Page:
Something Every Parent Should Think About: Picking a Guardian for Your Children

Monday, April 7, 2014 Leave a Comment

It’s the question that no parent (even me!) really wants to consider:

“What would happen to my kids if I (or my partner/spouse/other parent) couldn’t take care of them?” 

It’s a difficult, gut-wrenching prospect to consider, but thinking about the unthinkable and appointing guardians for your minor children now is one of the most important decisions a parent can make.

Creating an estate plan with a guardianship provision could ensure that your children will be taken care of by someone of your choosing – someone who you trust. Without this provision, you’re leaving the choice of legal guardian to a judge who may have an entirely different interpretation of what’s best for your children.

If you haven’t yet designated guardians, the following considerations should help you get started.

There’s no such thing as a perfect choice: For many parents, it’s not only avoidance of a difficult topic that prevents them from appointing a guardian. Often it’s also the pressure to make the perfect guardian choice.

In reality, there is no perfect choice because no one is you. Every candidate has pros and cons, and you and your partner may disagree about who’s in the best position to care for your children. Remember that you can change your choice at any time as circumstances and second thoughts dictate—and that a well thought out, though imperfect, choice is better than no choice.

I’m often asked if it’s “normal” for parents to pick family or friends. My response is “it depends” (typical lawyer, I know). In truth, only you know your family dynamics. Many of my clients do appoint family members as guardian(s), but some also choose friends. Often, there is guilt associated with choosing one family member over another or a friend over a family member. Try to put that guilt aside, because what you’re really doing is choosing what is best for your children. Listen to your gut. If someone doesn’t feel right or if you have doubts, there’s usually a very valid reason.

Compatibility: While there may not be a perfect guardian choice, some choices are certainly better than others. You want your children to be raised in the same way that you would raise them, so it’s important to consider things like the religion, education, and child-rearing philosophy of the guardians.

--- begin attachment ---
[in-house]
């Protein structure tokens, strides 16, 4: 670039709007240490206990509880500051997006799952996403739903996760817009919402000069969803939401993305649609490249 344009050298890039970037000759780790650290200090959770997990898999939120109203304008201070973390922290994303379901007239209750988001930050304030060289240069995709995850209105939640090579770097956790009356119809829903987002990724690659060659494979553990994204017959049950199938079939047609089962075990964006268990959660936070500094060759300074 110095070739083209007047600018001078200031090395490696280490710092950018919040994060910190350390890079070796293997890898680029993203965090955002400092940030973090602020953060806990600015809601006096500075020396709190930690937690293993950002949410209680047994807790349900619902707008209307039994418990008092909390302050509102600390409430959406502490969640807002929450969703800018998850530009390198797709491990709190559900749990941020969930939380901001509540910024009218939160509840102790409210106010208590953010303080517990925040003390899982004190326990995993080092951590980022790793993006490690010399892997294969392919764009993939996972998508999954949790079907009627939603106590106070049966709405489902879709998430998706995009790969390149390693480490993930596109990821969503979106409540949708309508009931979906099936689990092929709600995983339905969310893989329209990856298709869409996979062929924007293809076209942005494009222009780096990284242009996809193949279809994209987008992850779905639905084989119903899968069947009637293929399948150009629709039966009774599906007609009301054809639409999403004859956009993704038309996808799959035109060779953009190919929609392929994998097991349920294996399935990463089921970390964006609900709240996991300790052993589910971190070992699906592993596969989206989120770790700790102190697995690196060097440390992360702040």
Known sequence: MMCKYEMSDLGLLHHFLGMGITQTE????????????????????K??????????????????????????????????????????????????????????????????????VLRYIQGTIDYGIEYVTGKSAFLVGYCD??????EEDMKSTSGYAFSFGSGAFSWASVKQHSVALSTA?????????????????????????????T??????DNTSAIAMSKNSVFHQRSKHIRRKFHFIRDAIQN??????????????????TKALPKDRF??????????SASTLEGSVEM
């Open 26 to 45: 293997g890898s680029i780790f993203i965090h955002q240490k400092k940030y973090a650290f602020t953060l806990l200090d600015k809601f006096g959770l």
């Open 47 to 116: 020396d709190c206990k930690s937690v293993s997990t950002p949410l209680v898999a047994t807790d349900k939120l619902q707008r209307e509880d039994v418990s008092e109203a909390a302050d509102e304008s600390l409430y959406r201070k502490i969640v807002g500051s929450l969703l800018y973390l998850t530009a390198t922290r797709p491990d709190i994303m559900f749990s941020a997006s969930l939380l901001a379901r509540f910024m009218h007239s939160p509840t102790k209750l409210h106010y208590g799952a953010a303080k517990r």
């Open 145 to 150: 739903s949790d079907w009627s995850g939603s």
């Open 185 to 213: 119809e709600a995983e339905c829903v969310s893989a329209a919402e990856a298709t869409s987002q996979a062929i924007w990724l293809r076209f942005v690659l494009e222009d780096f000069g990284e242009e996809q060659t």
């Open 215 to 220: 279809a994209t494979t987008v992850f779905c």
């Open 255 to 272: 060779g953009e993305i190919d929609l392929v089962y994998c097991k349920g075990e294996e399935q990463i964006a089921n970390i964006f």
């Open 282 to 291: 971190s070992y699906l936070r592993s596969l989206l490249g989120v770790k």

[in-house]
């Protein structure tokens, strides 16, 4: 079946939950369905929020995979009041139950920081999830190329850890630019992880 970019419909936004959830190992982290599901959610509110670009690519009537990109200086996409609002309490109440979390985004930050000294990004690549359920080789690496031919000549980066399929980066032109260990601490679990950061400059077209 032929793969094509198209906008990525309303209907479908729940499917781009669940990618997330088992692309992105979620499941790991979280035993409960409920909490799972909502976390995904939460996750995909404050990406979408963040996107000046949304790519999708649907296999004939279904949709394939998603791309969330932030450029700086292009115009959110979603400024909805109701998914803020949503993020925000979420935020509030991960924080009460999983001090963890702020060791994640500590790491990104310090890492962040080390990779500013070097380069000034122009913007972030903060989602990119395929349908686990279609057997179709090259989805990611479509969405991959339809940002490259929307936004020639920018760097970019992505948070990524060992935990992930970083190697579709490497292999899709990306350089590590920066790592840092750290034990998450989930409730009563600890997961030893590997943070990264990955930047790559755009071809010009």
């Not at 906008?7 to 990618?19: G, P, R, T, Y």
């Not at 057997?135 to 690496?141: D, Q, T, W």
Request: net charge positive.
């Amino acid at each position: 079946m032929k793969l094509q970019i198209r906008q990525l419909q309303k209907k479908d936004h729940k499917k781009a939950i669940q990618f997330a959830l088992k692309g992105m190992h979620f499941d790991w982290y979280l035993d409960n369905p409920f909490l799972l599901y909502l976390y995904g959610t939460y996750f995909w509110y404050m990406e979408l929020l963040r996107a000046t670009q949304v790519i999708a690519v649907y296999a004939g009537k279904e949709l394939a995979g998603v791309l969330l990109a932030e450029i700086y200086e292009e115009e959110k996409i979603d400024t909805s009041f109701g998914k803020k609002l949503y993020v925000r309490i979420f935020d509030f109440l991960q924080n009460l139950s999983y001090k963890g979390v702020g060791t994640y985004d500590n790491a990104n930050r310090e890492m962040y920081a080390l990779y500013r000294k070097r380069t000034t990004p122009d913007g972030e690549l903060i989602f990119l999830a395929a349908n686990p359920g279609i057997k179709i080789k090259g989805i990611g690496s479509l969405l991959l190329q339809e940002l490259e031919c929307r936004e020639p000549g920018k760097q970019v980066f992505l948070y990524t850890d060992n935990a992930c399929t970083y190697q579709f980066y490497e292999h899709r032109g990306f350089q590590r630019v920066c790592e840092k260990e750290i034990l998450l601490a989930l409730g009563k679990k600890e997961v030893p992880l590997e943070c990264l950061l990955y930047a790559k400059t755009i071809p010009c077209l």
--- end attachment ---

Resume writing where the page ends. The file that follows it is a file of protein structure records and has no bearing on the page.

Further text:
Guardians who already have children are a natural choice, but then again, if your kids don’t get along with theirs, the expanded brood could spell trouble. Relatedly, think about whether you want a married couple for guardians, or if the right single parent would work. More generally, considerations such as work schedule, maturity level, patience, morals, and values are extremely important for choice of guardian.

The age of your children: Grandparents might make sense for very young kids, but as kids get older, you might consider guardians better-suited to teenagers. In addition, the older your children, the more likely they are to have roots in their community and be opposed to a geographic change. For that reason, you might want to pick somebody who either lives in the same city that you do or would be willing to relocate there.

Age also matters in terms of imparting belief systems. If your kids are young, you may not have had the chance to fully instill morals and values, making the choice of guardian more critical.

Finally, in Colorado, minors age 12 or older have the power to object to a guardian “choice.” Because their objection to your appointment could instigate a court proceeding, it makes sense to consider an older child’s wishes.

Willingness to Serve: I’m often asked if you have to inform a nominated guardian. You don’t technically have to tell a nominated guardian that they’ve been named in your estate plan. Of course, this could lead to myriad problems, not least of which is somebody’s unwillingness or preference not to be a guardian.

Communicating with guardian candidates is a good way to better explore your options. In the course of discussion, you might learn things that will help you decide whether somebody is or isn’t a good choice. And once you’ve made a choice, don’t hesitate to let the chosen ones know how you want your kids raised. While your values should be clear to anyone you designate as guardian, it never hurts to be direct.

Keep in mind also that some individuals will be so honored that you have chosen them that they may not fully consider their own needs, family or lives. In addition, if and when a guardian is ever needed, a chosen candidate’s life situation or health may have changed. A proper estate plan will account for such contingencies. There are also ways to memorialize conditions for the acceptance by a guardian and guidelines for guardians after acceptance.


When we chose the guardians for our children ten years ago, my husband and I wrung our hands, pulled out our hair, and eventually held our noses and chose candidates that we could live with. Five years later, we had three children and our feelings about those candidates changed. We updated our documents to reflect the changes in our family, choice of candidates, and values. The candidates are not perfect…because they are not us. And before we send our kids off into official adulthood, I’m sure we’ll change them again.

If you have any questions about appointing a guardian for your children, or any other estate planning question, please let me know. I can be reached at Yvonne@oliverelaw.com or 303-974-5617.